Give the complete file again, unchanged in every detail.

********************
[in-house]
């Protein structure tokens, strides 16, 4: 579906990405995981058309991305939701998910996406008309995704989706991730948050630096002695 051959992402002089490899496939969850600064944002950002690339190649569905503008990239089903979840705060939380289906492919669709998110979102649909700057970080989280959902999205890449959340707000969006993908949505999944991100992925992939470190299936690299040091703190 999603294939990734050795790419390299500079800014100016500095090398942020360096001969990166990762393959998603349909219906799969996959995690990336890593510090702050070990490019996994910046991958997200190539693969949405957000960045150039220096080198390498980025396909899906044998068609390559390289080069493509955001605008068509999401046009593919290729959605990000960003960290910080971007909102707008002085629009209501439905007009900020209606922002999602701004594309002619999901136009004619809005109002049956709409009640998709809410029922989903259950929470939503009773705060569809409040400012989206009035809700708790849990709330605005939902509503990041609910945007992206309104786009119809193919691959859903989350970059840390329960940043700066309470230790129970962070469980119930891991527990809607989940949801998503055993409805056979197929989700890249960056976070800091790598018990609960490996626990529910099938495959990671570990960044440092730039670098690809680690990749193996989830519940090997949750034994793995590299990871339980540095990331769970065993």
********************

[in-house]
């Protein structure tokens, strides 16, 4: 579906990405995981058309991305939701998910996406008309995704989706991730948050630096002695 051959992402002089490899496939969850600064944002950002690339190649569905503008990239089903979840705060939380289906492919669709998110979102649909700057970080989280959902999205890449959340707000969006993908949505999944991100992925992939470190299936690299040091703190 999603294939990734050795790419390299500079800014100016500095090398942020360096001969990166990762393959998603349909219906799969996959995690990336890593510090702050070990490019996994910046991958997200190539693969949405957000960045150039220096080198390498980025396909899906044998068609390559390289080069493509955001605008068509999401046009593919290729959605990000960003960290910080971007909102707008002085629009209501439905007009900020209606922002999602701004594309002619999901136009004619809005109002049956709409009640998709809410029922989903259950929470939503009773705060569809409040400012989206009035809700708790849990709330605005939902509503990041609910945007992206309104786009119809193919691959859903989350970059840390329960940043700066309470230790129970962070469980119930891991527990809607989940949801998503055993409805056979197929989700890249960056976070800091790598018990609960490996626990529910099938495959990671570990960044440092730039670098690809680690990749193996989830519940090997949750034994793995590299990871339980540095990331769970065993």